Do you have a messy closet that is driving you crazy?


Below are the steps to take to clean it up.  They sure helped me and hopefully they can help you to.



Empty the closet:

~keep hang-up clothes & shoes in the closet

~have 3 places to put stuff:  Give Away Bin, Put Away Bin & Throw Away Bag

~as you bring things out,  keep ‘like’ with ‘like’  (example: papers together, books together, belts together, scarves together)

~once all is cleared out of closet besides shoes and hangup clothes, purge clothes. Get rid of anything you don’t love.

~match and straighten shoes and put on a shelf or rack; getting rid of as many pairs as possible as you go.

~hang up all hangers. If you have too many, find another closet to put all of the extra hangers.

~put hats in one place

~hang up belts

~hang up scarves

~hang up bags & purses (hooks are a wonderful thing in a closet. I have a few. I’d love more!)

~put any clothes from the floor in a pile (clean with clean, dirty in hamper)

~make a paper pile to go through later

~dust shelves

~sweep out closet




Start in on piles:

~you may need to split this job up and do a chunk each day

~hang up clean clothes or put into drawers

~sort through paper piles. Throw away or file away.

~take dirty laundry down to wash





Only keep what you love!

Work methodically.  Finish one part before going on to the next.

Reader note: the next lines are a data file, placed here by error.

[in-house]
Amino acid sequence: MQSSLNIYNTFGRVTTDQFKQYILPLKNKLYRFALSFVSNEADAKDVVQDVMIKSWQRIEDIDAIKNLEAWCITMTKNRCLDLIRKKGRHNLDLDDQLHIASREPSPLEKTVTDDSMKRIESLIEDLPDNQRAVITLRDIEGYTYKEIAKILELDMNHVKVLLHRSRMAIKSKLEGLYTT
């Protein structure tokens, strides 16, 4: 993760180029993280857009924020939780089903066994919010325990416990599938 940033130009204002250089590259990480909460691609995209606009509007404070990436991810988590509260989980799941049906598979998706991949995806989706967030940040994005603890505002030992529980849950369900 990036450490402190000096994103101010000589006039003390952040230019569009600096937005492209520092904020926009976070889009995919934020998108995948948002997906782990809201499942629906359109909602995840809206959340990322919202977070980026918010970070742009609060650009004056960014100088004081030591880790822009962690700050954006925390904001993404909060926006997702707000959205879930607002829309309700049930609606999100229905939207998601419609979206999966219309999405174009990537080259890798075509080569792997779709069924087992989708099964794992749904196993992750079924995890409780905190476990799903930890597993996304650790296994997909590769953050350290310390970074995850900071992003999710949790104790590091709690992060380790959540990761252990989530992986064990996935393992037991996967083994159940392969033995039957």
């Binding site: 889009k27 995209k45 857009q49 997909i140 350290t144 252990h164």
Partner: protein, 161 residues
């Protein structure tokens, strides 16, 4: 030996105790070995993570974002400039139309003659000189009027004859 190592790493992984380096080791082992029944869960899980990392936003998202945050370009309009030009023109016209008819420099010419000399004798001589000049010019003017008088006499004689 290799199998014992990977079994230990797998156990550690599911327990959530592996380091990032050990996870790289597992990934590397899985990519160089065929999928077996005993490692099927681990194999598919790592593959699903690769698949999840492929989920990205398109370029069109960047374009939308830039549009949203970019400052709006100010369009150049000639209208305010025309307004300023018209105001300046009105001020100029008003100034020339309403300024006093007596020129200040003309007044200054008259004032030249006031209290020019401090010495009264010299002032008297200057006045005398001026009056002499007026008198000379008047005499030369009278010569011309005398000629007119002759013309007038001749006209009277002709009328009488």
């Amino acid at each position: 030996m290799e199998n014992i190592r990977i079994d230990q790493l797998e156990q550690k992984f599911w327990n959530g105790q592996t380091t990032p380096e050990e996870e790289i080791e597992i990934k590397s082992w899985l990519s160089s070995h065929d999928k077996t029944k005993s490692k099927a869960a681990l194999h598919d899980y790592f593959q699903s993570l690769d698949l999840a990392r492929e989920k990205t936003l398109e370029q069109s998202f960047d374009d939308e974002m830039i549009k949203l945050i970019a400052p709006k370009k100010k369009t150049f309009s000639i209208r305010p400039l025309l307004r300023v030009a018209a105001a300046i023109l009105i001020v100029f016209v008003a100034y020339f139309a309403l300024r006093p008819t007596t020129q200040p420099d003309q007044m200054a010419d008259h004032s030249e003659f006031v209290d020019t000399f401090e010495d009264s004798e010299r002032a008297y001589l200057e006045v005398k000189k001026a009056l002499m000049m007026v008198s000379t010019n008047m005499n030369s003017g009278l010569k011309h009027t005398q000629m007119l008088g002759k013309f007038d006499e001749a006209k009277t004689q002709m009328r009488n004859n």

Remember: you cannot organize clutter.  Purge as you go.

If you have not worn it for a season, get rid of it.

Box up your ‘skinny’ clothes or those clothes you can’t bring yourself to get rid of. At least get them out of the closet.

You may need to split this job up and do a chunk each day.  I did all steps up to ‘sort through paper piles.’ Like I said above, I had stuffed two big baskets of miscellaneous paper in my closet one day and this took time to sort through.  Same with the pile of books that I had stored in my closet.  They needed purged and put on a bookshelf.

Make a goal to finish all piles within a few days. Do a bit everyday.

Listen to a podcast, radio or a tv show while you do this.  I listened to recorded Dr. Oz show while I worked.  It helped the time go faster.

Don’t be a perfectionist.  I would love to paint my closet and put more cute baskets and hooks in it for things, but I did not let myself get side-tracked.  My pictures would have turned out nicer for you, but I would not have gotten my closet done in a timely manner.  Good is good enough!





What have I missed?

What is cluttering up your closet?